FTC Chair Warns Of Dangers Posed By AI, Calls For Timely Regulation

Federal Trade Commission chair Lina Khan this week warned of potential dangers posed by the growing adoption of artificial intelligence -- including that it could "turbocharge" fraud and facilitate discrimination against individuals, as well as unfair competitive behavior.

Khan said timely regulation is needed, arguing in a New York Times op-ed that lack of adequate tech policies and enforcement in the past resulted in a concentration of power among a few companies and business models that came "at extraordinary cost to our privacy and security."

Artificial intelligence “may not be ready to replace professional writers, but it can already do a vastly better job of crafting a seemingly authentic message than your average con artist,” she wrote, adding that fraudsters are already using the technology to create phishing emails.

Khan also noted that artificial intelligence tools are trained on data that may itself contain biases, which could result in tools that unfairly discriminate.

Her commentary comes as interest in artificial intelligence is mounting, as are calls for its regulation.

In March, the business organization Chamber of Commerce called for “appropriate and reasonable protections” to prevent artificial intelligence from harming privacy, or promoting bias.

Others have called for a tougher approach. Last month, for instance, the advocacy group Center for AI and Digital Policy urged the FTC to halt further commercial releases of Open AI's large language model software GPT-4, calling it “biased, deceptive, and a risk to privacy and public safety.”

On Thursday, Vice President Kamala Harris and other White House officials met with executives from Google, Microsoft, Open AI and other companies currently developing artificial intelligence -- apparently in hopes of urging them to proceed with caution.

“We aim to have a frank discussion of the risks we each see in current and near-term A.I. development, actions to mitigate those risks and other ways we can work together to ensure the American people benefit from advances in A.I. while being protected from its harms,” Arati Prabhakar, the director of the White House office of science and technology policy, told the companies in the invitation, according to The New York Times.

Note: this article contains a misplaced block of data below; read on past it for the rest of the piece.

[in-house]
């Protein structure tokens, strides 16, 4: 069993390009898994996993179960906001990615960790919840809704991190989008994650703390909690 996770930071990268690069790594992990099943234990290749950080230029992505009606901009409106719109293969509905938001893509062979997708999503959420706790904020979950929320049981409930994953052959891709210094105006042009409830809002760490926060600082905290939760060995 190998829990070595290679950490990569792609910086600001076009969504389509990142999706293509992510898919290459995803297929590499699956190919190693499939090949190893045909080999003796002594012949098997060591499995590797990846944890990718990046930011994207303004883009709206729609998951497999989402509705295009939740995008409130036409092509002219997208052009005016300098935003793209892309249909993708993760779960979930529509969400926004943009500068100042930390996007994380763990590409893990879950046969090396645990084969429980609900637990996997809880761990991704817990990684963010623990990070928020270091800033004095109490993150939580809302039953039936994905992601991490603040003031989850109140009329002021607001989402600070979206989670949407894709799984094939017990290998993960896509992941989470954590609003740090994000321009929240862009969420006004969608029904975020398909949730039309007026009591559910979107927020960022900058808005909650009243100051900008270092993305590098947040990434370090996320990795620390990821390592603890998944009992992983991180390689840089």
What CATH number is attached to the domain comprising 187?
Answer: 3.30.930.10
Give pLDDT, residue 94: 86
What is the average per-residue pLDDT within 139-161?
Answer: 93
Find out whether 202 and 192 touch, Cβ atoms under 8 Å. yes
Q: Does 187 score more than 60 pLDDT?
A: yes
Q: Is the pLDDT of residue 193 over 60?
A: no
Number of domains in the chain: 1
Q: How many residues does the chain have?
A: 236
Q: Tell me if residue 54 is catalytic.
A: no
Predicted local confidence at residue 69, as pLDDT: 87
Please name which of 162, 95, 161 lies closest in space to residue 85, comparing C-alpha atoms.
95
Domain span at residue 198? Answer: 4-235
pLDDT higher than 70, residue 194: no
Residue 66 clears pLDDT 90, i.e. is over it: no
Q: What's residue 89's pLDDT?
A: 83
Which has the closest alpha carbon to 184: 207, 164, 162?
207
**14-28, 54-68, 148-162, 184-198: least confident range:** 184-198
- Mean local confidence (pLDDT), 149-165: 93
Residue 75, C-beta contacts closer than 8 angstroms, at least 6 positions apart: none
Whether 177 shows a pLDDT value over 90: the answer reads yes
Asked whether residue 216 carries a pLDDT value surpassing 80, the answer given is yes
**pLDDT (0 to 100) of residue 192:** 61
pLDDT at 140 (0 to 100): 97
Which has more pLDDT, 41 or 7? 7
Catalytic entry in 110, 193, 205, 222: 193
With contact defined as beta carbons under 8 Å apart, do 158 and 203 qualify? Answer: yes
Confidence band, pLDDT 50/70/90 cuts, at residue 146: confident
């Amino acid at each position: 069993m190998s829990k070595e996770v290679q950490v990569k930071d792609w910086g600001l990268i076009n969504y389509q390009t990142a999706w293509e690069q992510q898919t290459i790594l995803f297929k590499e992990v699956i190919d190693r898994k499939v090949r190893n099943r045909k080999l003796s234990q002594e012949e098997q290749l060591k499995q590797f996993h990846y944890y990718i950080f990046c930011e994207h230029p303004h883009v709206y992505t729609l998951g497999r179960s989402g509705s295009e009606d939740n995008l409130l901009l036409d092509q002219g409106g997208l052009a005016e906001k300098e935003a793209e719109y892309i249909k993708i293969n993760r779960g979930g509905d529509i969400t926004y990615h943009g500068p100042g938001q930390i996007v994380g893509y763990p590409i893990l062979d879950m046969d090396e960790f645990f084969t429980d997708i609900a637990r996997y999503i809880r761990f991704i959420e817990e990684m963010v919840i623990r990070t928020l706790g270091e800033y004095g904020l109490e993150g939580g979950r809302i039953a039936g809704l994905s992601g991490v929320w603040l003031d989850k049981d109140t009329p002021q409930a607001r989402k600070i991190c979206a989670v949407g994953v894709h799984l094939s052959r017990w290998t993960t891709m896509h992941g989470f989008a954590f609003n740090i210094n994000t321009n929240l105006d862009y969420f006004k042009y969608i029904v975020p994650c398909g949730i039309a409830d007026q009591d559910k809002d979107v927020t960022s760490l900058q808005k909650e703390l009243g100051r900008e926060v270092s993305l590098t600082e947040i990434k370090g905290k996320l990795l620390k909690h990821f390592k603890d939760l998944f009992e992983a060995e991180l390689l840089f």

Khan didn't just address artificial intelligence in her op-ed. She also restated concerns that 20-year-old companies like Google and Facebook threaten privacy.

“The last time we found ourselves facing such widespread social change wrought by technology was the onset of the Web 2.0 era in the mid-2000s,” she wrote.

Companies like Facebook and Google “revolutionized communications,” she added, but their services “came at a steep cost” to privacy and security."

“What we initially conceived of as free services were monetized through extensive surveillance of the people and businesses that used them," Khan wrote. "The result has been an online economy where access to increasingly essential services is conditioned on the widespread hoarding and sale of our personal data."

2 comments about "FTC Chair Warns Of Dangers Posed By AI, Calls For Timely Regulation".
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  1. Douglas Ferguson from College of Charleston, May 5, 2023 at 1:13 p.m.

    By that logic, we should also ban spelling and grammar checkers because they make it easier for con artists to compose error-free phishing emails.

  2. John Grono from GAP Research, May 19, 2023 at 3:30 a.m.

    How very an odd comparison.

    Grammar checkers can provide unequivocally correct grammar and spelling, and it is drawing a VERY LONG bow that AI will provide unequivocally correct facts, reports, opinions etc.   The sunami of incorrect AI outputs mocks that comparison.

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